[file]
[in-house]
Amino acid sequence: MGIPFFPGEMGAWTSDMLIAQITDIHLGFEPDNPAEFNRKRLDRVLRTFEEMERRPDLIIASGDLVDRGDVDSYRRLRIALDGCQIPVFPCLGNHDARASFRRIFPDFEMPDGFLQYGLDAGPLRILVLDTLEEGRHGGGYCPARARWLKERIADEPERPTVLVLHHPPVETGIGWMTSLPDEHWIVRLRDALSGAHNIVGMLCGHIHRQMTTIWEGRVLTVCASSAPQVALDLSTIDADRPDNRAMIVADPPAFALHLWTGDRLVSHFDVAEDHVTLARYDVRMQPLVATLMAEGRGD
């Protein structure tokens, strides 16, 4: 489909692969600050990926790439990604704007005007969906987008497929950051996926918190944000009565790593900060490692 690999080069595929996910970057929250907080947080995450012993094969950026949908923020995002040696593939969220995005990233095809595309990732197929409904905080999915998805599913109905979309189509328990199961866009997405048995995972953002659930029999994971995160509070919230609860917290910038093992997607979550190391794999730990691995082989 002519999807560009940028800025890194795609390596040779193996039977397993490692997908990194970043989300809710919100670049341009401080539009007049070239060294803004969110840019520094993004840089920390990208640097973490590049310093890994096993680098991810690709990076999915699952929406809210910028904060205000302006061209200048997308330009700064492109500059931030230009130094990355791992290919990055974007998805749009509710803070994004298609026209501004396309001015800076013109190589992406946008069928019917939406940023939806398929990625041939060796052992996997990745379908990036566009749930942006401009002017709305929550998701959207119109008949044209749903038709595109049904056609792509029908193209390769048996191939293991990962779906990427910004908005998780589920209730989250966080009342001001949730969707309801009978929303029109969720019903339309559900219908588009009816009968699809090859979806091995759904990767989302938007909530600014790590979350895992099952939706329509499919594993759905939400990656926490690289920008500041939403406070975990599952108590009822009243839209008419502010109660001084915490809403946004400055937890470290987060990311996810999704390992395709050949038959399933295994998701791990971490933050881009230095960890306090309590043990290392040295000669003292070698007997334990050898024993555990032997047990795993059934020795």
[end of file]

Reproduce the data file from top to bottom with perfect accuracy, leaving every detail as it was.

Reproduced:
[in-house]
Amino acid sequence: MGIPFFPGEMGAWTSDMLIAQITDIHLGFEPDNPAEFNRKRLDRVLRTFEEMERRPDLIIASGDLVDRGDVDSYRRLRIALDGCQIPVFPCLGNHDARASFRRIFPDFEMPDGFLQYGLDAGPLRILVLDTLEEGRHGGGYCPARARWLKERIADEPERPTVLVLHHPPVETGIGWMTSLPDEHWIVRLRDALSGAHNIVGMLCGHIHRQMTTIWEGRVLTVCASSAPQVALDLSTIDADRPDNRAMIVADPPAFALHLWTGDRLVSHFDVAEDHVTLARYDVRMQPLVATLMAEGRGD
């Protein structure tokens, strides 16, 4: 489909692969600050990926790439990604704007005007969906987008497929950051996926918190944000009565790593900060490692 690999080069595929996910970057929250907080947080995450012993094969950026949908923020995002040696593939969220995005990233095809595309990732197929409904905080999915998805599913109905979309189509328990199961866009997405048995995972953002659930029999994971995160509070919230609860917290910038093992997607979550190391794999730990691995082989 002519999807560009940028800025890194795609390596040779193996039977397993490692997908990194970043989300809710919100670049341009401080539009007049070239060294803004969110840019520094993004840089920390990208640097973490590049310093890994096993680098991810690709990076999915699952929406809210910028904060205000302006061209200048997308330009700064492109500059931030230009130094990355791992290919990055974007998805749009509710803070994004298609026209501004396309001015800076013109190589992406946008069928019917939406940023939806398929990625041939060796052992996997990745379908990036566009749930942006401009002017709305929550998701959207119109008949044209749903038709595109049904056609792509029908193209390769048996191939293991990962779906990427910004908005998780589920209730989250966080009342001001949730969707309801009978929303029109969720019903339309559900219908588009009816009968699809090859979806091995759904990767989302938007909530600014790590979350895992099952939706329509499919594993759905939400990656926490690289920008500041939403406070975990599952108590009822009243839209008419502010109660001084915490809403946004400055937890470290987060990311996810999704390992395709050949038959399933295994998701791990971490933050881009230095960890306090309590043990290392040295000669003292070698007997334990050898024993555990032997047990795993059934020795």